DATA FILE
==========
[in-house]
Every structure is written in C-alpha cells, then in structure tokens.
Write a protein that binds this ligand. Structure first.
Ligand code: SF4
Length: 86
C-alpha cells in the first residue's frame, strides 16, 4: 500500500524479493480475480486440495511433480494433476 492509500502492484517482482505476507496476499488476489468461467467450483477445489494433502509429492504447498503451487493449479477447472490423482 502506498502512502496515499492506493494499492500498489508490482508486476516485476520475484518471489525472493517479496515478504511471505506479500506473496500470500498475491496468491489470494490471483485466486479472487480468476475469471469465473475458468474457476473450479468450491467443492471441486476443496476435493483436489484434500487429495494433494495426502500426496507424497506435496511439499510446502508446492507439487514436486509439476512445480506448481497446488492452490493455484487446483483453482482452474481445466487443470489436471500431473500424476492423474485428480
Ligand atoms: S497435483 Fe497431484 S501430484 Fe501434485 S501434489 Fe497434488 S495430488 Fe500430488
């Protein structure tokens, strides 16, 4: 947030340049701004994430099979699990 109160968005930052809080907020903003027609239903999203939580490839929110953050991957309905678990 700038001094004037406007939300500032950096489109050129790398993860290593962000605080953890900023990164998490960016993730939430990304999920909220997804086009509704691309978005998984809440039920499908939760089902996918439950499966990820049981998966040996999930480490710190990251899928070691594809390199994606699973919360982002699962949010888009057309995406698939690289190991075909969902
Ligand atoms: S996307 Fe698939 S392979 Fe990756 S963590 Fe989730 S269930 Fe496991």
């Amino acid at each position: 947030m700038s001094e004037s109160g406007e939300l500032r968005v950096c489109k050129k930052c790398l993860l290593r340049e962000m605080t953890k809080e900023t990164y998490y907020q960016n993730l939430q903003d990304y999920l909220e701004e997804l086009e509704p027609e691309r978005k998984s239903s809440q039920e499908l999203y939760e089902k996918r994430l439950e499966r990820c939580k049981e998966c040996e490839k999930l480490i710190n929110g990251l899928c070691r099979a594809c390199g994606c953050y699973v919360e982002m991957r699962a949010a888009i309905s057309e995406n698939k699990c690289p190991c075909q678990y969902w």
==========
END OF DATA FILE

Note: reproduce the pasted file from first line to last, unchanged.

[in-house]
Every structure is written in C-alpha cells, then in structure tokens.
Write a protein that binds this ligand. Structure first.
Ligand code: SF4
Length: 86
C-alpha cells in the first residue's frame, strides 16, 4: 500500500524479493480475480486440495511433480494433476 492509500502492484517482482505476507496476499488476489468461467467450483477445489494433502509429492504447498503451487493449479477447472490423482 502506498502512502496515499492506493494499492500498489508490482508486476516485476520475484518471489525472493517479496515478504511471505506479500506473496500470500498475491496468491489470494490471483485466486479472487480468476475469471469465473475458468474457476473450479468450491467443492471441486476443496476435493483436489484434500487429495494433494495426502500426496507424497506435496511439499510446502508446492507439487514436486509439476512445480506448481497446488492452490493455484487446483483453482482452474481445466487443470489436471500431473500424476492423474485428480
Ligand atoms: S497435483 Fe497431484 S501430484 Fe501434485 S501434489 Fe497434488 S495430488 Fe500430488
């Protein structure tokens, strides 16, 4: 947030340049701004994430099979699990 109160968005930052809080907020903003027609239903999203939580490839929110953050991957309905678990 700038001094004037406007939300500032950096489109050129790398993860290593962000605080953890900023990164998490960016993730939430990304999920909220997804086009509704691309978005998984809440039920499908939760089902996918439950499966990820049981998966040996999930480490710190990251899928070691594809390199994606699973919360982002699962949010888009057309995406698939690289190991075909969902
Ligand atoms: S996307 Fe698939 S392979 Fe990756 S963590 Fe989730 S269930 Fe496991």
């Amino acid at each position: 947030m700038s001094e004037s109160g406007e939300l500032r968005v950096c489109k050129k930052c790398l993860l290593r340049e962000m605080t953890k809080e900023t990164y998490y907020q960016n993730l939430q903003d990304y999920l909220e701004e997804l086009e509704p027609e691309r978005k998984s239903s809440q039920e499908l999203y939760e089902k996918r994430l439950e499966r990820c939580k049981e998966c040996e490839k999930l480490i710190n929110g990251l899928c070691r099979a594809c390199g994606c953050y699973v919360e982002m991957r699962a949010a888009i309905s057309e995406n698939k699990c690289p190991c075909q678990y969902w």